No Country For Old Men first published by EyeforFilm
“I was sheriff of this county when I was 25 years old. My grandfather was a lawman. Father too…”
The voice-over that opens No Country For Old Men is a nostalgic plea for tradition, as well as an elegiac recognition of its passing into oblivion. As he puts it himself, Sheriff Ed Tom Bell (Tommy Lee Jones) “always liked to hear about the old-timers”, and now that he is approaching retirement, he is something of an old-timer himself – a last link to the history of Texas’ Old West, and of the men who patrolled the frontiers of decency and lawlessness. These days, though, he feels less and less able to comprehend the new breed of violent criminal that has drifted into town.
Take Anton Chigurh (Javier Bardem), for example. We first see him using a pair of handcuffs to garrote the policeman who has just arrested him – and then murdering an uninvolved driver on the road for good measure, just so that he can take his car without leaving a witness. Coin-flipping Chigurh lacks all compunction or remorse, and plays rigidly by rules meaningful only to himself – and he will stop at nothing to track down a satchel full of hard cash that has gone missing after a drug deal that went badly wrong. Vietnam veteran Llewelyn Moss (James Brolin) has chanced upon the money while out hunting alone in the desert, and must now confront the full consequences of his failure to resist temptation, even at the risk of his own life, or indeed that of his beloved wife Carla Jean (Trainspotting‘s Kelly Macdonald, with nary a trace of her native Scots brogue).
No Country For Old Men is essentially a chase caper. Chigurh and a bunch of Mexicans are chasing Moss, professional fixer Carson Wells (Woody Harrelson) is chasing an increasingly out-of-control Chigurh, and everyone is chasing the money – with Sheriff Bell several steps behind trying to find some sort of sense in the moral chaos unraveling before him. Yet, this being a Coen brothers production, there is so much more to it than just the usual, narrow considerations of genre. Playing out against vast southern backdrops (beautifully framed by the Coens’ regular DP Roger Deakins), the film allows its cat-and-mouse convolutions to take on the proportions of a biblical epic, as good and evil (and everything in between) are shown negotiating an ever-shifting borderland that is etched as much into the psyches as into the environment of its characters.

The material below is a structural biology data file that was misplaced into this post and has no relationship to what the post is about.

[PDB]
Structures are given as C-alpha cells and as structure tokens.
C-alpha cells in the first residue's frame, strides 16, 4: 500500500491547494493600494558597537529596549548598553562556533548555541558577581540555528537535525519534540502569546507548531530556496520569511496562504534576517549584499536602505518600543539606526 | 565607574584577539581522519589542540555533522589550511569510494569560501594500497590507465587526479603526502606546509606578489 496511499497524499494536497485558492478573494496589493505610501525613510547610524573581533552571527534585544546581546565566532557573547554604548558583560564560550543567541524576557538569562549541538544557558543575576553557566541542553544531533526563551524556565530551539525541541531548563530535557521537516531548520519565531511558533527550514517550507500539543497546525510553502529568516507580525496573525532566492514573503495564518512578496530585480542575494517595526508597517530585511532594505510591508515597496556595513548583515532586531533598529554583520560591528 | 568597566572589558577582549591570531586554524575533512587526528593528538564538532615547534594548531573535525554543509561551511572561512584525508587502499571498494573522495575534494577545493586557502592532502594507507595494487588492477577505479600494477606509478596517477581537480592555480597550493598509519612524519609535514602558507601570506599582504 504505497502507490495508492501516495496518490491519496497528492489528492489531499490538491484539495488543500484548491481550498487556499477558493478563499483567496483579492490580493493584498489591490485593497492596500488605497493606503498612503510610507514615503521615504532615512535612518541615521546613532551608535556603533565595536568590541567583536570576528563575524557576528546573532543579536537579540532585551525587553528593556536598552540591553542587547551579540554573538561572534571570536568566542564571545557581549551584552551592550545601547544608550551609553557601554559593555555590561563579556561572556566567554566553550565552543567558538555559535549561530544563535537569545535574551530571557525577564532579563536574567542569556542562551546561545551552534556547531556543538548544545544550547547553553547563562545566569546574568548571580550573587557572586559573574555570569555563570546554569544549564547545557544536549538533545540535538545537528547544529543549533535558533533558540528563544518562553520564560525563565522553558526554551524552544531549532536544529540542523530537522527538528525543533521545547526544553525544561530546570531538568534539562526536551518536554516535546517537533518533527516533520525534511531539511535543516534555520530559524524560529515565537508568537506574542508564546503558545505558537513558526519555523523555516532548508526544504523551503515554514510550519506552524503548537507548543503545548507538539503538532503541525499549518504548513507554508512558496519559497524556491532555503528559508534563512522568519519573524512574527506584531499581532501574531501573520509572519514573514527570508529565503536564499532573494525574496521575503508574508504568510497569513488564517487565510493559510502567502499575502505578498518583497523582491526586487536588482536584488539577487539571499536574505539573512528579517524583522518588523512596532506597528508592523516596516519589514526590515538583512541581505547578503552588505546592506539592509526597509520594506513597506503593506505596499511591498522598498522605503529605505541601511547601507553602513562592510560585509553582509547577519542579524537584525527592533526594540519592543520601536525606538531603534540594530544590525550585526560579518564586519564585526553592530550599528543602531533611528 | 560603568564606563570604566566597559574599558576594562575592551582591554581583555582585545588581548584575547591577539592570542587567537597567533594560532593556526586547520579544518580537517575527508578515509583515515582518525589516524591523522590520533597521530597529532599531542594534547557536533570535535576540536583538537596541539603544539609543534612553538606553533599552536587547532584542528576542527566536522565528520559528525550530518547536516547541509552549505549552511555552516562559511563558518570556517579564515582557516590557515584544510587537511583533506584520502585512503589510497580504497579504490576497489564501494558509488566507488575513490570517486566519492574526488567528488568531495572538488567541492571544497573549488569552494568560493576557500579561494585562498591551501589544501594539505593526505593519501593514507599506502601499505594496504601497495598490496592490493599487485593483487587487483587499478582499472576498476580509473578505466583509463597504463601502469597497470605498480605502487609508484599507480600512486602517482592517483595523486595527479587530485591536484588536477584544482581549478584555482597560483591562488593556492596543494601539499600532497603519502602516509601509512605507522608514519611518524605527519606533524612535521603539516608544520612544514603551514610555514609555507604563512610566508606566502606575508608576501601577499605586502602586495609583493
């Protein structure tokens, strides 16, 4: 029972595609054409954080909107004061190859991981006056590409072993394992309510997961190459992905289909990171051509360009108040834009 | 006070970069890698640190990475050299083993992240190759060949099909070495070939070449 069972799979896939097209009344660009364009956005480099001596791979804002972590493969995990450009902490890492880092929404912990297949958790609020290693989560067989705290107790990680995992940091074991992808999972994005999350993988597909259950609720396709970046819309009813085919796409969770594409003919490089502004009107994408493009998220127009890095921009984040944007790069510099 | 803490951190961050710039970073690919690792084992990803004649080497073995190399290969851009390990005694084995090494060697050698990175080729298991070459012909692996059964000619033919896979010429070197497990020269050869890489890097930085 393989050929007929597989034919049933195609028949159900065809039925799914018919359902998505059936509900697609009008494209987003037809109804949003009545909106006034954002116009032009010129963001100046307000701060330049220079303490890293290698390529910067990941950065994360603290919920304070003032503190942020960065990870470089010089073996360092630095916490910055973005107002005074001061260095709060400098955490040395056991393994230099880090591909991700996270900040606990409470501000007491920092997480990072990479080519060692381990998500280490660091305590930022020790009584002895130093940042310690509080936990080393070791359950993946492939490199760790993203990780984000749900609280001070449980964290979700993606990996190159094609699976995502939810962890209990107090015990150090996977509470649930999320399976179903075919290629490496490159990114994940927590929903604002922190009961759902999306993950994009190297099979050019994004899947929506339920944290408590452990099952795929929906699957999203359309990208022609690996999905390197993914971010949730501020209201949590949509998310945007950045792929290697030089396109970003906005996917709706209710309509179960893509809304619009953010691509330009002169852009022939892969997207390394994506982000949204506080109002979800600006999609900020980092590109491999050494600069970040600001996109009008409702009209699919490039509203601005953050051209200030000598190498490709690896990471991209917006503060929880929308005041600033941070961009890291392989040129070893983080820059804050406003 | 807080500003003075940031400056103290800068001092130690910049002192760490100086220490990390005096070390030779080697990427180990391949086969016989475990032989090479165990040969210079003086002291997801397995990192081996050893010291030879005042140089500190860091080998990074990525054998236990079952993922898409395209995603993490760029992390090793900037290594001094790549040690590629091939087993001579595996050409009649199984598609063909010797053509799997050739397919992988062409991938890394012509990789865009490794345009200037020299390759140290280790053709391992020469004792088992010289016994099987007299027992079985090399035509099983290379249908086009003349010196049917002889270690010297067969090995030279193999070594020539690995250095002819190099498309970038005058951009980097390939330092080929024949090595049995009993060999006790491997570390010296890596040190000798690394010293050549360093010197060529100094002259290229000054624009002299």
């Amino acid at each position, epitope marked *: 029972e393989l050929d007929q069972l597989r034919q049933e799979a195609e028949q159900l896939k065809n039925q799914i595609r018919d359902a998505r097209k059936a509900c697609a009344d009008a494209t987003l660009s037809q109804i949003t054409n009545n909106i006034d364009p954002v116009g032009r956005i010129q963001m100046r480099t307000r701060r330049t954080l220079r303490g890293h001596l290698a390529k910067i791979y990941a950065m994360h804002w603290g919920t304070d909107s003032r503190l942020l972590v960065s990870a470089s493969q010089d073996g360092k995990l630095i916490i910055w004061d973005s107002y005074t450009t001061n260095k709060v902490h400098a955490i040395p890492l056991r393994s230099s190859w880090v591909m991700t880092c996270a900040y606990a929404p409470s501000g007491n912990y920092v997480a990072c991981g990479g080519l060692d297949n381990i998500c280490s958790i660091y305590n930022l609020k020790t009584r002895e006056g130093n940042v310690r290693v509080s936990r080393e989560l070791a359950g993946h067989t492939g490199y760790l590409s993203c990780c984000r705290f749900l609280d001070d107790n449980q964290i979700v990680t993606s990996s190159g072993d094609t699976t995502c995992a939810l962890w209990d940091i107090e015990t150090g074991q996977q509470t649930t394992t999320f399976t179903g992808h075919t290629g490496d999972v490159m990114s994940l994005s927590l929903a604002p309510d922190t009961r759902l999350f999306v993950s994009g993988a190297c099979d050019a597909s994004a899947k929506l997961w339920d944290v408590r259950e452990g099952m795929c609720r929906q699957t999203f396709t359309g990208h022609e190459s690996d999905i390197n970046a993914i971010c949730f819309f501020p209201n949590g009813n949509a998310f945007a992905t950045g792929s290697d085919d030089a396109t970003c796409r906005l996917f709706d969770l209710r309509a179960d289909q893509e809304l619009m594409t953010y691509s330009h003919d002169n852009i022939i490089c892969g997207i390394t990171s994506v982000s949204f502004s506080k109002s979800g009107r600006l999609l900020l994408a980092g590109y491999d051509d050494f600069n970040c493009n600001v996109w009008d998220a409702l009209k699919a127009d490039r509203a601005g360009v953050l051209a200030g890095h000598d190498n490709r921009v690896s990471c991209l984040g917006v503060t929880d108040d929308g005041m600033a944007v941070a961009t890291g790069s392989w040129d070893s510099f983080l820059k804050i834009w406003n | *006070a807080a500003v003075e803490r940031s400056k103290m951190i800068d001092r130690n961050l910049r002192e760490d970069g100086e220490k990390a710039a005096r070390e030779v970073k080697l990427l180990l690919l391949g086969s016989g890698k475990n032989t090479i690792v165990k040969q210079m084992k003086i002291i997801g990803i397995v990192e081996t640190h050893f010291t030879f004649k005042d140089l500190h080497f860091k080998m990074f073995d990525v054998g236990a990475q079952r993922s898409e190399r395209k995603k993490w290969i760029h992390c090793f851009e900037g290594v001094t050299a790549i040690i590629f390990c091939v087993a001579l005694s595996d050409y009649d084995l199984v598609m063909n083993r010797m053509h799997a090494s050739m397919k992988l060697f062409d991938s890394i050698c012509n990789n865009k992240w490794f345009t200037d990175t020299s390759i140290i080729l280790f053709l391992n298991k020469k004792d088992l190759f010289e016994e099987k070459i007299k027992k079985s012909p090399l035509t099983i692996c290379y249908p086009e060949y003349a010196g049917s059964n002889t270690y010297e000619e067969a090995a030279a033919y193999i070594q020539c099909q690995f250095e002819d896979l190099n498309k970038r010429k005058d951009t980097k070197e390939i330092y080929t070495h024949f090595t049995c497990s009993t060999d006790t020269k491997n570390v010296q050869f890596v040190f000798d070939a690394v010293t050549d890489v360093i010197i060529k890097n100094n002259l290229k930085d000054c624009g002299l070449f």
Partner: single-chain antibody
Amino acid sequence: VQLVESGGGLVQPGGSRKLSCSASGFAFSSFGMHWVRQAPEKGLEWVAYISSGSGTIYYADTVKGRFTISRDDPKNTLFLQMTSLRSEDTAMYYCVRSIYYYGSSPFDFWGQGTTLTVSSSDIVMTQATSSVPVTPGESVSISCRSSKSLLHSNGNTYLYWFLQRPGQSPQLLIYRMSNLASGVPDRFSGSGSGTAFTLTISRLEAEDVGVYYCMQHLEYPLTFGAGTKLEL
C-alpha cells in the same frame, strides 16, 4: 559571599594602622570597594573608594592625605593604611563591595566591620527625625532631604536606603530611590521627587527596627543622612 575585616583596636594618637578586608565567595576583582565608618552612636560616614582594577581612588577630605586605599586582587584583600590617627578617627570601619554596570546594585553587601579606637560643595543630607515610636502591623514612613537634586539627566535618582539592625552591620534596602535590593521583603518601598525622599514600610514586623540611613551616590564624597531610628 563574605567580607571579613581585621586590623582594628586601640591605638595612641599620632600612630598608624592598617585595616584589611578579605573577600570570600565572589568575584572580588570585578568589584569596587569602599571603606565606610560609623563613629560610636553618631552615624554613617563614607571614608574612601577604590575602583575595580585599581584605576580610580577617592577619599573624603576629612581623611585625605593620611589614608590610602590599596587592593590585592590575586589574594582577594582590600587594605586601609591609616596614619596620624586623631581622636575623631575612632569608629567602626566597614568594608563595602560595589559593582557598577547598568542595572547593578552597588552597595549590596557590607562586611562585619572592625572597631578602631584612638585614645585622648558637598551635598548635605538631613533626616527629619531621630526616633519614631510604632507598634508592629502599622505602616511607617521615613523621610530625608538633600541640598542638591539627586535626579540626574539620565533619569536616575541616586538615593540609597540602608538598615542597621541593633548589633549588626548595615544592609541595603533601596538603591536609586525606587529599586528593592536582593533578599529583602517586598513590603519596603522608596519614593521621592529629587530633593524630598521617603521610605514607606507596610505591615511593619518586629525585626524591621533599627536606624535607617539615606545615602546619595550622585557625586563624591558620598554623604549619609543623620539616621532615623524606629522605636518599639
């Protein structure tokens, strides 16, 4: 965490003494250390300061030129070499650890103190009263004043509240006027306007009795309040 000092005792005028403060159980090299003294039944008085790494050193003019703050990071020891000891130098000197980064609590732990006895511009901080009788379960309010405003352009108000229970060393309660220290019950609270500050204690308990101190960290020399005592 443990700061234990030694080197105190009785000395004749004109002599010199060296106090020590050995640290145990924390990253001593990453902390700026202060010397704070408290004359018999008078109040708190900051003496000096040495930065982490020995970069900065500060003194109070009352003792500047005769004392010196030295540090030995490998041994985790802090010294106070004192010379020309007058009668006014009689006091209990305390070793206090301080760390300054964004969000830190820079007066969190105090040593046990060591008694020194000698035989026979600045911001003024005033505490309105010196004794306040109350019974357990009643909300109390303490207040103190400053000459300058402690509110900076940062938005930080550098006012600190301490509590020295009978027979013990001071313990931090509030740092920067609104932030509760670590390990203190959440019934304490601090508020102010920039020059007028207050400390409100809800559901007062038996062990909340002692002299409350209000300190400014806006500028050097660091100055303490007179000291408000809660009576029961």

Adapted by the Coens from the 2003 novel of Pulitzer Prize-winning author Cormac McCarthy, No Country For Old Men is a morality tale played as darkly comic modern oater. It is full of the brothers’ trademark wit and surreal flourishes, but also unremittingly tense and bleak, as a whole world of trouble closes in on the hapless Moss who, against all better advice, deludes himself to the end that he and his loved ones can take on what is coming to them. All three leads are a revelation, with Bardem in particular offering the most terrifyingly implacable on-screen incarnation of evil since Dennis Hopper inhaled gas through a mask as Frank Booth in David Lynch’s Blue Velvet (1986).
Even though this would probably qualify as the Coens’ most violent film to date, it is still remarkably restrained, never showing us more than we need to see, and leaving the huge shoot-out that first triggers its events, and several subsequent acts of slaughter, entirely off-screen but for their bloody aftermaths. Indeed, while the whole film seems to be propelling itself towards a couple of monumental showdowns between its principal characters, one of these is presented only in bold ellipsis, while the other never actually takes place (as though to suggest that the forces of light and shadow can never collide head-on).
Like the Coens’ earlier Fargo (1996), No Country For Old Men features a psychotic killer as the wild card in an otherwise conventional crime scenario; and dead dogs here form a bewilderingly recurrent motif similar to the lost hats in Miller’s Crossing (1990); but it is the Coens’ broad kidnap comedy Raising Arizona (1987) that is unexpectedly evoked in the final scene, not because No Country For Old Men is, or in any way pretends to be, as riotously funny, but rather because both films close with the most imponderably terrible of circumstances being met with dreams of a better world to come. Here, good and evil will always co-exist, like two sides of a coin. It is an ending ambivalent enough to haunt you well after the final credits – perfect for a film whose long, twisted narrative roads, rather than converging on some obvious, hackneyed point of closure, instead open out to infinite horizons. It is what elevates No Country For Old Men beyond its undoubted genre thrills to the more rarefied heights of a true classic.
© Anton Bitel